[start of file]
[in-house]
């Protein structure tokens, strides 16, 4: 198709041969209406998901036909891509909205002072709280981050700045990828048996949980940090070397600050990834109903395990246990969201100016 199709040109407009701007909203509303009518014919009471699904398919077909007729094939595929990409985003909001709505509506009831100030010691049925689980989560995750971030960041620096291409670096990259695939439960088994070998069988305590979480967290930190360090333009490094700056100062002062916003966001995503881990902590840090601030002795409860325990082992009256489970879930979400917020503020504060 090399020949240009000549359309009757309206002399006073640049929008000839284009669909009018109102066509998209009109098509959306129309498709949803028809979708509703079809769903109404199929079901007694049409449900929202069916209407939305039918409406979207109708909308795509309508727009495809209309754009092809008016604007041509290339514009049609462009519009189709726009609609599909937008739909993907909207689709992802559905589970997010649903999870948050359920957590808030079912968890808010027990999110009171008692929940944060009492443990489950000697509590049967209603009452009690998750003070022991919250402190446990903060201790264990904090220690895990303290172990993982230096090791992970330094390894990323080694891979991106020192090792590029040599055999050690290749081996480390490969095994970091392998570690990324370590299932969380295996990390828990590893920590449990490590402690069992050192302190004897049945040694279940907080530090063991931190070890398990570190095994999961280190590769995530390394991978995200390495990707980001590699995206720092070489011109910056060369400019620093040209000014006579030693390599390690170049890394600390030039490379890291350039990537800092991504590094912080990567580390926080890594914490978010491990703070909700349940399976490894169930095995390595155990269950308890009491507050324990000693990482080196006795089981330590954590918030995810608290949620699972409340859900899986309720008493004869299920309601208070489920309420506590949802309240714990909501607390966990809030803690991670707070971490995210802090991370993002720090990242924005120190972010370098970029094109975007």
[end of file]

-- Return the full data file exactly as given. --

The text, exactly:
[in-house]
């Protein structure tokens, strides 16, 4: 198709041969209406998901036909891509909205002072709280981050700045990828048996949980940090070397600050990834109903395990246990969201100016 199709040109407009701007909203509303009518014919009471699904398919077909007729094939595929990409985003909001709505509506009831100030010691049925689980989560995750971030960041620096291409670096990259695939439960088994070998069988305590979480967290930190360090333009490094700056100062002062916003966001995503881990902590840090601030002795409860325990082992009256489970879930979400917020503020504060 090399020949240009000549359309009757309206002399006073640049929008000839284009669909009018109102066509998209009109098509959306129309498709949803028809979708509703079809769903109404199929079901007694049409449900929202069916209407939305039918409406979207109708909308795509309508727009495809209309754009092809008016604007041509290339514009049609462009519009189709726009609609599909937008739909993907909207689709992802559905589970997010649903999870948050359920957590808030079912968890808010027990999110009171008692929940944060009492443990489950000697509590049967209603009452009690998750003070022991919250402190446990903060201790264990904090220690895990303290172990993982230096090791992970330094390894990323080694891979991106020192090792590029040599055999050690290749081996480390490969095994970091392998570690990324370590299932969380295996990390828990590893920590449990490590402690069992050192302190004897049945040694279940907080530090063991931190070890398990570190095994999961280190590769995530390394991978995200390495990707980001590699995206720092070489011109910056060369400019620093040209000014006579030693390599390690170049890394600390030039490379890291350039990537800092991504590094912080990567580390926080890594914490978010491990703070909700349940399976490894169930095995390595155990269950308890009491507050324990000693990482080196006795089981330590954590918030995810608290949620699972409340859900899986309720008493004869299920309601208070489920309420506590949802309240714990909501607390966990809030803690991670707070971490995210802090991370993002720090990242924005120190972010370098970029094109975007």